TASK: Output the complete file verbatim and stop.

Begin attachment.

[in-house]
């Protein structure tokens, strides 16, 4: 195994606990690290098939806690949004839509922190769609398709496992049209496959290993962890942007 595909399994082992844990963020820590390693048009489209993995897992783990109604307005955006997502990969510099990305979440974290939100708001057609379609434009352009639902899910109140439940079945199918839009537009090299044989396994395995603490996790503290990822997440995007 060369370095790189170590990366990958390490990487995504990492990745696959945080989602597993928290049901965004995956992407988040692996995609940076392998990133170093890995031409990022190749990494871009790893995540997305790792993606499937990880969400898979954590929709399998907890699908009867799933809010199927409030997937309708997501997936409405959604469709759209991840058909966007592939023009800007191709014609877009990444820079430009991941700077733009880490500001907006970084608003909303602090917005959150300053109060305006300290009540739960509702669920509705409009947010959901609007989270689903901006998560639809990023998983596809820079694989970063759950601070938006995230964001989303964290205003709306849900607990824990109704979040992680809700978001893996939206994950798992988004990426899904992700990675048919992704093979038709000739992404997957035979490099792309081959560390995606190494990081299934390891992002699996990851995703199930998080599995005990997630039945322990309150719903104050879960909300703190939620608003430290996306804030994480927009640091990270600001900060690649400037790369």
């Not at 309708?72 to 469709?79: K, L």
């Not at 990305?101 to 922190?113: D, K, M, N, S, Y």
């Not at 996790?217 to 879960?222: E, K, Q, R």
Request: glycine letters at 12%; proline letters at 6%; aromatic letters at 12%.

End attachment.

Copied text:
[in-house]
């Protein structure tokens, strides 16, 4: 195994606990690290098939806690949004839509922190769609398709496992049209496959290993962890942007 595909399994082992844990963020820590390693048009489209993995897992783990109604307005955006997502990969510099990305979440974290939100708001057609379609434009352009639902899910109140439940079945199918839009537009090299044989396994395995603490996790503290990822997440995007 060369370095790189170590990366990958390490990487995504990492990745696959945080989602597993928290049901965004995956992407988040692996995609940076392998990133170093890995031409990022190749990494871009790893995540997305790792993606499937990880969400898979954590929709399998907890699908009867799933809010199927409030997937309708997501997936409405959604469709759209991840058909966007592939023009800007191709014609877009990444820079430009991941700077733009880490500001907006970084608003909303602090917005959150300053109060305006300290009540739960509702669920509705409009947010959901609007989270689903901006998560639809990023998983596809820079694989970063759950601070938006995230964001989303964290205003709306849900607990824990109704979040992680809700978001893996939206994950798992988004990426899904992700990675048919992704093979038709000739992404997957035979490099792309081959560390995606190494990081299934390891992002699996990851995703199930998080599995005990997630039945322990309150719903104050879960909300703190939620608003430290996306804030994480927009640091990270600001900060690649400037790369």
């Not at 309708?72 to 469709?79: K, L």
């Not at 990305?101 to 922190?113: D, K, M, N, S, Y």
């Not at 996790?217 to 879960?222: E, K, Q, R």
Request: glycine letters at 12%; proline letters at 6%; aromatic letters at 12%.